May 11, 2022 - 13 min read
The global energy industry impacts almost every area of our lives, from the electricity that powers our homes to the gas that powers the cars we drive. The multi-trillion dollar industry is still dominated by oil and gas, but an increased focus on renewables has led to a massive amount of research and development into technologies such as solar, wind, and new types of nuclear power, such as fusion.
Despite advances in renewables and other areas of the industry, the sector still suffers from a variety of problems, including supply chain issues, environmental concerns, and grid management issues.
While some areas produce an excess of energy, others simply don’t have enough, leading to massive waste. Energy storage issues are also a problem, especially in regards to renewables like solar and wind, which often do not perform well due to weather conditions.
While traditional oil and gas providers have tried to “green up” their image with ESG efforts, such efforts are quite difficult to track and confirm, leading many to believe that these efforts are simply empty PR campaigns with little substance. In addition, energy grids are notoriously insecure and have the potential to be easily disabled by hackers via cyberattacks.
Blockchain technology, with its high level of security and its promise of immutable data storage capabilities, has much to offer nearly every sector of the energy industry. From peer-to-peer electricity trading to increasing the safety and reducing the environmental impact of oil and gas exploration and nuclear power, blockchain tech can help improve and secure the way the energy sector processes data.
In this way, blockchain can provide important insights for both public and private actors, and has already inspired a variety of new solutions that can truly bring the energy sector into the 21st century.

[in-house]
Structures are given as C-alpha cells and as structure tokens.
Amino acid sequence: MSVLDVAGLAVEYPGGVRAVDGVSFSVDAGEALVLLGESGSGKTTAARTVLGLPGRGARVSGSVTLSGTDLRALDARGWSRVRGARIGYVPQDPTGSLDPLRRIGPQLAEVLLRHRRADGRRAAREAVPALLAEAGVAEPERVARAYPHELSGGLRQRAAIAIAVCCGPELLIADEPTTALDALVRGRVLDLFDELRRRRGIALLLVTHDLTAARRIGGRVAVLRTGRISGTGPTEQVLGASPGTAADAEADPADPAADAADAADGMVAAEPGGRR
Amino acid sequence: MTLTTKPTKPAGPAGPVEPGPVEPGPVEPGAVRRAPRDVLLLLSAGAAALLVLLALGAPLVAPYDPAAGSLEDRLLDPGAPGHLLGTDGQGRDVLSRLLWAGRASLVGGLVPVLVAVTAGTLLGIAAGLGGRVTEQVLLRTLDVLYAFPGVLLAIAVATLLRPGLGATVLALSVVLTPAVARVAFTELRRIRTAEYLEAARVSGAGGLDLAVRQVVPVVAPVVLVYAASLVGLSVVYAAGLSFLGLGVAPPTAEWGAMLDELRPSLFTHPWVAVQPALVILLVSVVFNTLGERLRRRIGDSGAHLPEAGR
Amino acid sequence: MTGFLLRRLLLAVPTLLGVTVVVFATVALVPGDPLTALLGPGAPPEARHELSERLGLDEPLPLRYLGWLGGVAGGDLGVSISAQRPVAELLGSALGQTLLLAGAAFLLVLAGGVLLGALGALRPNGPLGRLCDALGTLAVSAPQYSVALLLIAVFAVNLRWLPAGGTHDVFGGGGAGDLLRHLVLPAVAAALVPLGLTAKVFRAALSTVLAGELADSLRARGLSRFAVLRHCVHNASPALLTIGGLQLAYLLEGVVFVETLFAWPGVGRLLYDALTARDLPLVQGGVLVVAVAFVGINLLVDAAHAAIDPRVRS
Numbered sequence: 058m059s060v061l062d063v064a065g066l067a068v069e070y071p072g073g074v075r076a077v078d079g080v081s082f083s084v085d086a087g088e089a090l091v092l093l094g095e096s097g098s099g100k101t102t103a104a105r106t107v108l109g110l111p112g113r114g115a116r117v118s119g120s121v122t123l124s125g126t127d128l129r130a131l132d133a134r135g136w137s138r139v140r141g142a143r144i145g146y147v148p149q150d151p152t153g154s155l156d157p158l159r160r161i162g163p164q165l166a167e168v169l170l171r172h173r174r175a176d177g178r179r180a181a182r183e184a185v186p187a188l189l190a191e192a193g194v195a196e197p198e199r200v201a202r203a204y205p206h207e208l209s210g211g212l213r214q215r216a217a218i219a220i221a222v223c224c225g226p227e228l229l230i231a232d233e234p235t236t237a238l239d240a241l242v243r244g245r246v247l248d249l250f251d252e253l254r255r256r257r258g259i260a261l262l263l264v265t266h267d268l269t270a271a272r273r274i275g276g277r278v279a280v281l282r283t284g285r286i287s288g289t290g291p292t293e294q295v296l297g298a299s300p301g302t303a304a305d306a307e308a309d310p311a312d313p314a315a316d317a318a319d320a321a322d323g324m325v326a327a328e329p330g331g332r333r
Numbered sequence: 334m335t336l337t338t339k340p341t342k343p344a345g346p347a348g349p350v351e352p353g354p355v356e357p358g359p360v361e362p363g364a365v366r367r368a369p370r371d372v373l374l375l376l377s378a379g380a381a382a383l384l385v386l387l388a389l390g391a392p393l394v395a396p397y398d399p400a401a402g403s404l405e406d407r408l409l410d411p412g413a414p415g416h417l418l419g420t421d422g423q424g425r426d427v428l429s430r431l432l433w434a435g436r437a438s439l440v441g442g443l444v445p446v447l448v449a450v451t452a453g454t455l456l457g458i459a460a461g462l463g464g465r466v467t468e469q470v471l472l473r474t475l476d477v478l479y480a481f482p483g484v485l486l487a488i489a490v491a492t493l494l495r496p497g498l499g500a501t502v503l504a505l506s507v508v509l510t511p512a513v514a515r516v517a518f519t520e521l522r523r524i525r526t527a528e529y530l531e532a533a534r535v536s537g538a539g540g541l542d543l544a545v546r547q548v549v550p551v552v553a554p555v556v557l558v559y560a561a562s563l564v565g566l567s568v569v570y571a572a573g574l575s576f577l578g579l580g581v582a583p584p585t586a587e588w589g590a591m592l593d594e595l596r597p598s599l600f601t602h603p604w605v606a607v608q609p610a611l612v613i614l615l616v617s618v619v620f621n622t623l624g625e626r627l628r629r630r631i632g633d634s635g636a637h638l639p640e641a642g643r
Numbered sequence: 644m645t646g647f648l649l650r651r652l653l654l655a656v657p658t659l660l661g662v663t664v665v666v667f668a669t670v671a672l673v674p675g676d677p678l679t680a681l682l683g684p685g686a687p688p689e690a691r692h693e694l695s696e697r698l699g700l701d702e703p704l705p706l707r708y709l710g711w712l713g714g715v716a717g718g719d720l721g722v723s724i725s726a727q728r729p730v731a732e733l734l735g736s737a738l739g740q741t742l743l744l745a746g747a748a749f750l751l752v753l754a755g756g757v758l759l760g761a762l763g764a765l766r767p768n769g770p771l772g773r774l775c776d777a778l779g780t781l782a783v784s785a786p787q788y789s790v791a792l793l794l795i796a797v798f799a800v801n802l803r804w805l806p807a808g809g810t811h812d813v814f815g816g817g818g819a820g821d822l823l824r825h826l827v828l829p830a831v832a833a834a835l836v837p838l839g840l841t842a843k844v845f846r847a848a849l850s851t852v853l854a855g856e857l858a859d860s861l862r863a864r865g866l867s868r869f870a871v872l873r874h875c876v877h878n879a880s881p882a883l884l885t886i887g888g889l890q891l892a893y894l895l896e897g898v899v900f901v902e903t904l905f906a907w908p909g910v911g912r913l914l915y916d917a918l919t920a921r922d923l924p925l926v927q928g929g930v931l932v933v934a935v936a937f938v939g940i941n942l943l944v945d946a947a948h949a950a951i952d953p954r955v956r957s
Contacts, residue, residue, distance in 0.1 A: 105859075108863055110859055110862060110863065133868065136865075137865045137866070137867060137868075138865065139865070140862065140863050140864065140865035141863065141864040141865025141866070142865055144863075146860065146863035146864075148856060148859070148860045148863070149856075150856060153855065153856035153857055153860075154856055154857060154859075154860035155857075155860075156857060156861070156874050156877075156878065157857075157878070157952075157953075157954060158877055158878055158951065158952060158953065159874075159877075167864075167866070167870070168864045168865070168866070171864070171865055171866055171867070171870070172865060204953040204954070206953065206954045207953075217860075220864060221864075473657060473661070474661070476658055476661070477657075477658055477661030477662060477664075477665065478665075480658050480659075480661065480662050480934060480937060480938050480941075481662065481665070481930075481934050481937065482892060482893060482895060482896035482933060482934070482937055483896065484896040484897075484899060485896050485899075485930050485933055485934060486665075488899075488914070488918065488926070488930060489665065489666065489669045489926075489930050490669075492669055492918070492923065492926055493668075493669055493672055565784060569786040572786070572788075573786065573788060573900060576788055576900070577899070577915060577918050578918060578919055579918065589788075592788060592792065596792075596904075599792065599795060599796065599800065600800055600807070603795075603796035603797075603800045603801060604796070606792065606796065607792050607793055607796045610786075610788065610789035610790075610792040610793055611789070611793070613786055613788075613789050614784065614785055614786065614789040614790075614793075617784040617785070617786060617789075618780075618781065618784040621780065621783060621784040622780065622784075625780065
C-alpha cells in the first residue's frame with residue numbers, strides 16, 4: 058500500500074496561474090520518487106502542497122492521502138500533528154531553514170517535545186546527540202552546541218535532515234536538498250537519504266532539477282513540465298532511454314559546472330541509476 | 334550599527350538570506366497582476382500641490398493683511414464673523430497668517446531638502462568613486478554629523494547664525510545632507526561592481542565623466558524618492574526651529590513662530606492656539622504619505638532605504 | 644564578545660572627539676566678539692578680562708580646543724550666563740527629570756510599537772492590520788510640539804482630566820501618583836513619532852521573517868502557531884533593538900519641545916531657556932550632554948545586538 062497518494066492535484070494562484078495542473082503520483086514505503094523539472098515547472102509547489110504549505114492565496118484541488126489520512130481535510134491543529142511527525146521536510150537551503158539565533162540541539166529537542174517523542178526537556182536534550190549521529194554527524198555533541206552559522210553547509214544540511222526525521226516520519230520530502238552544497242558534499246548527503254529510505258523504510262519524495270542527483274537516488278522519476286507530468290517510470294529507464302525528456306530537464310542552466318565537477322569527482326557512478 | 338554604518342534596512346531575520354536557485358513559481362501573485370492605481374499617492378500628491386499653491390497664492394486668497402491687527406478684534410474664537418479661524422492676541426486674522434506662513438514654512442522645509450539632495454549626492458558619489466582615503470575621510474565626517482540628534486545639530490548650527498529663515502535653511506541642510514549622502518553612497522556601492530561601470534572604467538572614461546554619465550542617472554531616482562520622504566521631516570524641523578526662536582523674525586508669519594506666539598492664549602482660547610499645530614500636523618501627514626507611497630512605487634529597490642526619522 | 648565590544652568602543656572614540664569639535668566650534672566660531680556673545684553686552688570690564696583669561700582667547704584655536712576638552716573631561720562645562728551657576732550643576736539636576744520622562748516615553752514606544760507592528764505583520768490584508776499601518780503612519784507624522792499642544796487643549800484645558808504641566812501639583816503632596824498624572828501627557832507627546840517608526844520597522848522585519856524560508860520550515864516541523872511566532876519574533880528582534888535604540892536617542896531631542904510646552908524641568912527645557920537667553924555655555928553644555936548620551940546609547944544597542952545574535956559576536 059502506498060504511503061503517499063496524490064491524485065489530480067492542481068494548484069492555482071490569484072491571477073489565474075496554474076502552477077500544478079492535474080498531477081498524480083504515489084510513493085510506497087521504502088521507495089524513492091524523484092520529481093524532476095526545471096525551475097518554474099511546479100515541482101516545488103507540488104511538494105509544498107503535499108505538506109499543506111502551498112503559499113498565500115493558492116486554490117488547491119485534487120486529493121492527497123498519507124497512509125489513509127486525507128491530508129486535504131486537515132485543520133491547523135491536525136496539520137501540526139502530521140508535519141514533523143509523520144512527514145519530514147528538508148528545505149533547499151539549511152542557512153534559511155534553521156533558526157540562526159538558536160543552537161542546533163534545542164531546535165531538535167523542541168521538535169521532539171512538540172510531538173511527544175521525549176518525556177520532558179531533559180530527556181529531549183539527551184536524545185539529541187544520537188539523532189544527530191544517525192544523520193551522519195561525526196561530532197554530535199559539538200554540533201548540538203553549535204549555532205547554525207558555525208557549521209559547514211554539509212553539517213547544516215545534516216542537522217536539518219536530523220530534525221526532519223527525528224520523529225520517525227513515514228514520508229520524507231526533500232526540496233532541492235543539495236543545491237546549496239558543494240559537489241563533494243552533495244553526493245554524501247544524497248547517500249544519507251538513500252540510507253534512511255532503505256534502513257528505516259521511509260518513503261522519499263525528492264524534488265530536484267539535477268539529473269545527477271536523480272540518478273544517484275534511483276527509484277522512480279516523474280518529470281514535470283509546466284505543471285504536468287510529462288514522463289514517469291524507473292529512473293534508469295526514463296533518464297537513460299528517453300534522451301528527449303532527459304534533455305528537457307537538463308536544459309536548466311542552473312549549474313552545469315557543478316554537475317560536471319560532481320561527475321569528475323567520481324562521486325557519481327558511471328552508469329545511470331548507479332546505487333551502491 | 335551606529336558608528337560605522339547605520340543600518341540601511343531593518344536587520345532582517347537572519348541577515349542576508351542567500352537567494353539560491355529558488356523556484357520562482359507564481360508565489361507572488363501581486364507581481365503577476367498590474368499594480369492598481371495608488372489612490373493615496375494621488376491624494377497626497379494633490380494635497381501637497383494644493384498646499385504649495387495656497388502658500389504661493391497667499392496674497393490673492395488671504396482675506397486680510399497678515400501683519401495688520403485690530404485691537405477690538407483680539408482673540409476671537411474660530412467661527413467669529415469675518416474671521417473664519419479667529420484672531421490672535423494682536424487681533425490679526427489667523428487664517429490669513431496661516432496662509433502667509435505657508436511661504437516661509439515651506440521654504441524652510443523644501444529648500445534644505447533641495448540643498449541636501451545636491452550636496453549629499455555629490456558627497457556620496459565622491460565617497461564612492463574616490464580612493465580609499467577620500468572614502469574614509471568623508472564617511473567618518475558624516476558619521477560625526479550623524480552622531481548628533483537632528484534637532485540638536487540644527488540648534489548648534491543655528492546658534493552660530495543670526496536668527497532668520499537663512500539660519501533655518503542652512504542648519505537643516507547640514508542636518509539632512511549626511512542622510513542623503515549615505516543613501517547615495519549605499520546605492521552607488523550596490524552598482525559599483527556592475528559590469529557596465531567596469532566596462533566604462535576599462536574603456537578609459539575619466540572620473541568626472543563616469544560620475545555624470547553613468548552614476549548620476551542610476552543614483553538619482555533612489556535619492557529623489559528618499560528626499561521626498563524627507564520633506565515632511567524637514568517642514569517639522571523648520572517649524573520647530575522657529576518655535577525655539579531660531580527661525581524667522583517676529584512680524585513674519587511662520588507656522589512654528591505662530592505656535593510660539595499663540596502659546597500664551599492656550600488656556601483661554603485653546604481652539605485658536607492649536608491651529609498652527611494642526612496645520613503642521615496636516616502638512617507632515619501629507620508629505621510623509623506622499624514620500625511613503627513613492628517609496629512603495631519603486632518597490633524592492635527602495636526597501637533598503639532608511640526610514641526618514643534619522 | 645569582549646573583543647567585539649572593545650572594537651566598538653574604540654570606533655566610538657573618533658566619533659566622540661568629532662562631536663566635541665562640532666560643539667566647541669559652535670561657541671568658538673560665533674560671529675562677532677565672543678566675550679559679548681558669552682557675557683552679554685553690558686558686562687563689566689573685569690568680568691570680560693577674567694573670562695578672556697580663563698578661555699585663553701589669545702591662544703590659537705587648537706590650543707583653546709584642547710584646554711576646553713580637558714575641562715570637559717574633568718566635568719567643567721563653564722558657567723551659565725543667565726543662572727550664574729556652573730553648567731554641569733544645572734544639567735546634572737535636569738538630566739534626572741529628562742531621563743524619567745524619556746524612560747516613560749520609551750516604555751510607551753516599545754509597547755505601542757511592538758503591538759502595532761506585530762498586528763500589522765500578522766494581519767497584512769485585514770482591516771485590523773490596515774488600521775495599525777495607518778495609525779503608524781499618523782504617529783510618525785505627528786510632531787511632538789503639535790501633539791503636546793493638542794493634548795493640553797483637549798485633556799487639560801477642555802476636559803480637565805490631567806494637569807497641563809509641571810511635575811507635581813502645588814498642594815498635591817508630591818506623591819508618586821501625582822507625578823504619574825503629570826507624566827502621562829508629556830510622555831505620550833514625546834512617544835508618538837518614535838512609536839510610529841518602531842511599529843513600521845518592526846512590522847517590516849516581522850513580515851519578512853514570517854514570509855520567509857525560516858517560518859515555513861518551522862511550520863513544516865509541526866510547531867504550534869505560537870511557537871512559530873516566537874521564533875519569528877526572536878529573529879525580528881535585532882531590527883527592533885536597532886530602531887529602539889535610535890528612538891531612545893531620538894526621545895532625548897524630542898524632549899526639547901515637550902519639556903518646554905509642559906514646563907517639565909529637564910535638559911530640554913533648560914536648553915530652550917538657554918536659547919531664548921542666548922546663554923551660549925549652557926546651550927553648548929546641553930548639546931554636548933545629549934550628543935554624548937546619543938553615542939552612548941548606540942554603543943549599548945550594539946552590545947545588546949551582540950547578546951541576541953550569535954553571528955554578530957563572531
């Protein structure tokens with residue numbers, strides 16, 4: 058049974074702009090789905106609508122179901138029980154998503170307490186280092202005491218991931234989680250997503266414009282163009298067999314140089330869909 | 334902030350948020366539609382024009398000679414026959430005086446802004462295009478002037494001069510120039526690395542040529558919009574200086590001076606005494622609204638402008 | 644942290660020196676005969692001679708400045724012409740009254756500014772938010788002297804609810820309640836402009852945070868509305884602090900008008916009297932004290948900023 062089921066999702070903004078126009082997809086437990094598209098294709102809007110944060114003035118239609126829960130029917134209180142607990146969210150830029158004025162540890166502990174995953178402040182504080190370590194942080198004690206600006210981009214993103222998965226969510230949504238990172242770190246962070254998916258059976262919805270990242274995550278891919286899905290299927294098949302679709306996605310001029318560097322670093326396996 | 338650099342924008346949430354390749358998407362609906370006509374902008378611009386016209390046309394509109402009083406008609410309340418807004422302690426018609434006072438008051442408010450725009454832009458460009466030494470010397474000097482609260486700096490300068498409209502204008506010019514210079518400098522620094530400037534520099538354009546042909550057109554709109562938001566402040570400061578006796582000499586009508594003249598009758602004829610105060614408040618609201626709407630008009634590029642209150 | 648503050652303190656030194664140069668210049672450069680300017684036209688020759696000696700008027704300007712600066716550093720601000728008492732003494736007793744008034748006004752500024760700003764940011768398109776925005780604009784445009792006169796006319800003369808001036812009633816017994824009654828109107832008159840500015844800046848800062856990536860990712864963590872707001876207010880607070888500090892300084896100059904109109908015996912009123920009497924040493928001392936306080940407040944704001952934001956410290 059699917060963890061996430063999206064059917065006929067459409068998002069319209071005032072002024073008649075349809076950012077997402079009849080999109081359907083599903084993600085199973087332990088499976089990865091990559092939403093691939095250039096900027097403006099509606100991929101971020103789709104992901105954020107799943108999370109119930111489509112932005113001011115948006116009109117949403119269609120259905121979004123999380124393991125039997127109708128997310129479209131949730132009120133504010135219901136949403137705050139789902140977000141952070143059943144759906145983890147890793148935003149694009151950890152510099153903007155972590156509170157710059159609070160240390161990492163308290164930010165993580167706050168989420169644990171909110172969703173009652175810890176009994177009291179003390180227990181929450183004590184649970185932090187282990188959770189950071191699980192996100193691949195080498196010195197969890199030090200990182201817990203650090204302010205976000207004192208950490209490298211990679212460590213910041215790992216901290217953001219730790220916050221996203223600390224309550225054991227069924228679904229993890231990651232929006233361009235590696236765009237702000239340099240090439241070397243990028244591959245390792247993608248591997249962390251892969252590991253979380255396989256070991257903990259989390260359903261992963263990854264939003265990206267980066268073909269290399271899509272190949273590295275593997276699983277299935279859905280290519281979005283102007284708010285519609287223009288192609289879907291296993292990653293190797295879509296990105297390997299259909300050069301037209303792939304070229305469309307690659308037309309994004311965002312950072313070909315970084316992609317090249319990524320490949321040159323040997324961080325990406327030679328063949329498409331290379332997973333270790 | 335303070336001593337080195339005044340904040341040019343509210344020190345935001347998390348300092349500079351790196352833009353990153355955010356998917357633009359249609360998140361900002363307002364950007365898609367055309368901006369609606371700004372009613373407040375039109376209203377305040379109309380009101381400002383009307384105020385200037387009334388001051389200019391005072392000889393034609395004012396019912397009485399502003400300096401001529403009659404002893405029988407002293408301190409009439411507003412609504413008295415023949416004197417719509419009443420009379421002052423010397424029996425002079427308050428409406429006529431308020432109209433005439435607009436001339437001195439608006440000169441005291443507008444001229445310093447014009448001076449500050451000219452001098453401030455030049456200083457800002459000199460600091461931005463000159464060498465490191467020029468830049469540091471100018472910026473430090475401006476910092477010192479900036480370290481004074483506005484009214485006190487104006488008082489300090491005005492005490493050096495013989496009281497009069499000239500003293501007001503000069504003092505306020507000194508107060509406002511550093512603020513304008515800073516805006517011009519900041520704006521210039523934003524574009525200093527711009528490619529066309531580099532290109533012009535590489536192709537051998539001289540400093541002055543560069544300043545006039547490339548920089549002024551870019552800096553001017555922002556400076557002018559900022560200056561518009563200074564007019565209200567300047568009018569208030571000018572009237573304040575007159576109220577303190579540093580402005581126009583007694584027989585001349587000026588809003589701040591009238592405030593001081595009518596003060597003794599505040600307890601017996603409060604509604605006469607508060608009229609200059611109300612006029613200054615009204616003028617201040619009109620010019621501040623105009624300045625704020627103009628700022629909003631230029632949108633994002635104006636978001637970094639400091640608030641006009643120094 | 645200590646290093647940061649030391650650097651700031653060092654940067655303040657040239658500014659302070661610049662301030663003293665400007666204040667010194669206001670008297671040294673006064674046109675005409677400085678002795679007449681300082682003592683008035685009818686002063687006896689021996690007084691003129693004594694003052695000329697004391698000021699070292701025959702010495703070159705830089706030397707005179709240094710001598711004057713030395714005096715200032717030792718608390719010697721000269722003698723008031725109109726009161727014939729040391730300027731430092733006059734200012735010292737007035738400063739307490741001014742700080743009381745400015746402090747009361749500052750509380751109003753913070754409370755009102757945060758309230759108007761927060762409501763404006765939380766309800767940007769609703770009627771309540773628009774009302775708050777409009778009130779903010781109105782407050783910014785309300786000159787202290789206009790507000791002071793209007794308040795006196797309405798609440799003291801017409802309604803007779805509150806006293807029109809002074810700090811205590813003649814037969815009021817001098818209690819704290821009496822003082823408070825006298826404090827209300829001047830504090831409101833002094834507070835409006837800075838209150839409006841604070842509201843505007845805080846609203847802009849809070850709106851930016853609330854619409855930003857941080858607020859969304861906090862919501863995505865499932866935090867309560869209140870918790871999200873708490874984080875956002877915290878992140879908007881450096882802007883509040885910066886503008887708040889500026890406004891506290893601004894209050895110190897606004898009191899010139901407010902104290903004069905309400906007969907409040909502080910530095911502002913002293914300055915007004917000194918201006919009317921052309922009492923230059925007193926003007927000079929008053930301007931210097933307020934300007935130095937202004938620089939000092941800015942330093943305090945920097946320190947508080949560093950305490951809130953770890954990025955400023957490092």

As we just mentioned, some areas produce excess energy, while others lack sufficient energy resources. This is true on both the macro and micro levels, particularly with the increase in the popularity of solar power installations in private homes and businesses. Multiple P2P energy solutions have popped up in recent years to help excess producers sell their energy to those who need it. Some of the major players on the market today include Power Ledger, Greeneum, and Rowan Energy.
Power Ledger is perhaps the most prominent blockchain project in the P2P electricity trading space. Their blockchain-based platform allows households, institutions, and even public and private energy grids to trade energy by carefully tracking the amount of energy that each stakeholder produces and linking them together through a shared blockchain ledger. This is particularly helpful for areas that use a high amount of renewables and may face energy shortages due to weather issues, as they can simply purchase the needed energy from a nearby area with better weather conditions. All electricity trading is powered through smart contracts, which vastly increases the speed, efficiency, and accuracy at which electricity can be traded.
As of 2022, the technology has been successfully implemented in 11 countries, including the U.S., Chile, and India. Many of the projects are intended to help bring energy stability to low-income areas in developing countries, where energy is often expensive and blackouts are common. Power Ledger utilizes its native cryptocurrency (POWR), which, as of March 2022, had a market cap of more than $250 million.
Greeneum is a decentralized marketplace for renewable energy. Functioning as a software-as-a-service, Greeneum offers a variety of tools, including multiple application programming interfaces (APIs), as well as secure integration with internet-of-things (IoT) sensors. Their proprietary software also incorporates AI and machine learning to estimate future energy prices, making it easier for stakeholders to make better choices when purchasing, selling, or trading renewable energy. Stakeholders in the Greeneum network utilize its GREEN token to trade energy via smart contracts. According to Greeneum:
The Greeneum network also provides AI verified carbon certificates that help individuals and institutions prove that they have reduced their carbon footprint.
Rowan Energy is a blockchain-based initiative that provides cryptocurrency to individuals who generate home-based solar power. For each 1kWh (kilowatt-hour) a user produces, they earn 10p of Rowan coin, which can be held, exchanged, or sold. The process begins when a “SmartMiner” device is connected to an individual or business’s solar panels, which records the amount of energy generation and transmits it to the Rowan Energy blockchain via wifi.